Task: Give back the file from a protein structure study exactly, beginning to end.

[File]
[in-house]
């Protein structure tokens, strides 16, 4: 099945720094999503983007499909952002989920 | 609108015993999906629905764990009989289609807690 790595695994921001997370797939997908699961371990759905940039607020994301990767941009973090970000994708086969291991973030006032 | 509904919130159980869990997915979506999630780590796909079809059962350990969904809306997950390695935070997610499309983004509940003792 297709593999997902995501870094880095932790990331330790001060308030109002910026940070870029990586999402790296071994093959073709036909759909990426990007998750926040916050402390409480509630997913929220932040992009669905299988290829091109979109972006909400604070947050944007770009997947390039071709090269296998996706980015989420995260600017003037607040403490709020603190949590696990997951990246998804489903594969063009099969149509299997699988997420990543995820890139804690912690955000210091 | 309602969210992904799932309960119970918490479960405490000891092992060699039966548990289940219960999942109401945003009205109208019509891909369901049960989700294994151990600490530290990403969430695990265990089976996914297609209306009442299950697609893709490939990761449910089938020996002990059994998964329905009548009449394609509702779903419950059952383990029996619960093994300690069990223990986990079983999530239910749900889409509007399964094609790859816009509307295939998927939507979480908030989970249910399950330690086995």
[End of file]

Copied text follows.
[in-house]
């Protein structure tokens, strides 16, 4: 099945720094999503983007499909952002989920 | 609108015993999906629905764990009989289609807690 790595695994921001997370797939997908699961371990759905940039607020994301990767941009973090970000994708086969291991973030006032 | 509904919130159980869990997915979506999630780590796909079809059962350990969904809306997950390695935070997610499309983004509940003792 297709593999997902995501870094880095932790990331330790001060308030109002910026940070870029990586999402790296071994093959073709036909759909990426990007998750926040916050402390409480509630997913929220932040992009669905299988290829091109979109972006909400604070947050944007770009997947390039071709090269296998996706980015989420995260600017003037607040403490709020603190949590696990997951990246998804489903594969063009099969149509299997699988997420990543995820890139804690912690955000210091 | 309602969210992904799932309960119970918490479960405490000891092992060699039966548990289940219960999942109401945003009205109208019509891909369901049960989700294994151990600490530290990403969430695990265990089976996914297609209306009442299950697609893709490939990761449910089938020996002990059994998964329905009548009449394609509702779903419950059952383990029996619960093994300690069990223990986990079983999530239910749900889409509007399964094609790859816009509307295939998927939507979480908030989970249910399950330690086995």